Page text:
Climate transition plans inadequate for vast majority of companies

7th November 2023


Just 1% of the world’s largest publicly-listed companies are aligning future capital expenditure with long-term decarbonisation goals, new research has found.

The analysis of over 1,000 public companies also found that only 2% clarify the role that offsets and negative emissions technologies will play in their transition plans.

Furthermore, just 5% quantify their emission reduction strategies, and only 2% have committed to phasing out capital spending in carbon-intensive assets or products.

On a more positive note, the findings from the Transition Pathway Initiative Centre (TPI Centre) show that 84% of the firms studied were disclosing emissions targets, with 92% reporting scope 1 and 2 emissions.

“These results show that, while companies’ management and governance of climate change have in many ways improved, they have yet to come up with the detailed, quantified and costed transition plans needed in this critical decade,” said Simon Dietz, TPI Centre’s research director.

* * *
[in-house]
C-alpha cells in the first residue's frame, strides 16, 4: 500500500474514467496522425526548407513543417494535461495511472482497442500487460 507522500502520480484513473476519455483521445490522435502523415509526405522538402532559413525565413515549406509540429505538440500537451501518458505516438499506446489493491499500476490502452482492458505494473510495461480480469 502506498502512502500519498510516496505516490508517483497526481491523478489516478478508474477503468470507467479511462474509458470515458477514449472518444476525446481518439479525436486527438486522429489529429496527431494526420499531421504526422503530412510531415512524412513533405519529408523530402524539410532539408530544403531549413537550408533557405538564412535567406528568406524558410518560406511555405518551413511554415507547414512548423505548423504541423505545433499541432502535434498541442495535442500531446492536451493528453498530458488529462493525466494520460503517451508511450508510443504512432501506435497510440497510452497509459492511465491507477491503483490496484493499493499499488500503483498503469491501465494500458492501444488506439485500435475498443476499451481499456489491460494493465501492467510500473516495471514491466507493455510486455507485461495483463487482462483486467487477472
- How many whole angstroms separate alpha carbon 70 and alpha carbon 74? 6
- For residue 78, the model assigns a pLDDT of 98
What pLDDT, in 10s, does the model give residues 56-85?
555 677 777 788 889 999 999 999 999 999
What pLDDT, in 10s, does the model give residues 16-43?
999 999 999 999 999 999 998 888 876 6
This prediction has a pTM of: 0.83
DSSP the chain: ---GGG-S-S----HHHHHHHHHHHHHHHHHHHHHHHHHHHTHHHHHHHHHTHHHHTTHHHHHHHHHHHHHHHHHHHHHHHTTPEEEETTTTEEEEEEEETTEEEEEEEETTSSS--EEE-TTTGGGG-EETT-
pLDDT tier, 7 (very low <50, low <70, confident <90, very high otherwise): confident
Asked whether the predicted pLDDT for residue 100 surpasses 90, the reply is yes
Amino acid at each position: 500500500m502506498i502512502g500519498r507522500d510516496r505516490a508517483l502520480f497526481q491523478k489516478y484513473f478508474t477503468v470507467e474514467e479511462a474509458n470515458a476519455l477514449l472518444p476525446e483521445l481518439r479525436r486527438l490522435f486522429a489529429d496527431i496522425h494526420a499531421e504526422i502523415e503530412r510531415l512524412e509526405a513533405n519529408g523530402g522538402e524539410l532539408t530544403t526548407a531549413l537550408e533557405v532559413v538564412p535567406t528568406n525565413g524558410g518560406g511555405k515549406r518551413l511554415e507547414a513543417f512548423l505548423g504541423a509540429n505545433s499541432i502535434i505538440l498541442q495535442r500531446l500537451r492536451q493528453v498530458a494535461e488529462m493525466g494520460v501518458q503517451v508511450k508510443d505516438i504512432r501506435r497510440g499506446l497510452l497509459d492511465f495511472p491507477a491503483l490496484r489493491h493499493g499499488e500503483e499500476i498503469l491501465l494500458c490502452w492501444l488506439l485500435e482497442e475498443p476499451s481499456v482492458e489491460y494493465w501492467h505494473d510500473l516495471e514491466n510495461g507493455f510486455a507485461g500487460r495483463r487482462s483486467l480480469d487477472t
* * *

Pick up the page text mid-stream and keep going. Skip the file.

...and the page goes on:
Firms headquartered in Australasia, Europe and Japan scored relatively higher on average during the analysis.

This comes after separate research from Net Zero Tracker this week revealed that half of the world’s largest companies in the Forbes Global 2000 now have a net-zero target, rising to 94% of UK-based firms in the index.

The total number of net-zero targets has risen by more than 40% in 16 months globally, with 66% of the annual revenue of the world’s largest 2,000 companies now covered by a target.

However, the research also reveals that one-third of firms have still not set any form of emissions reduction target.

John Lang, project lead at Net Zero Tracker, said that a “clear line in the sand on net zero has surfaced”, adding: “Countless net-zero targets are credibility light, but now we can say for certain that most of the world’s largest companies have shifted to the right side of the line on net-zero intent.

“With credible net zero target-setting a proxy for forward-thinking, future-proofing companies, it begs a simple question: are the firms we’re investing in, working for and buying from on the right or wrong side of the line?”

Image credit: Shutterstock

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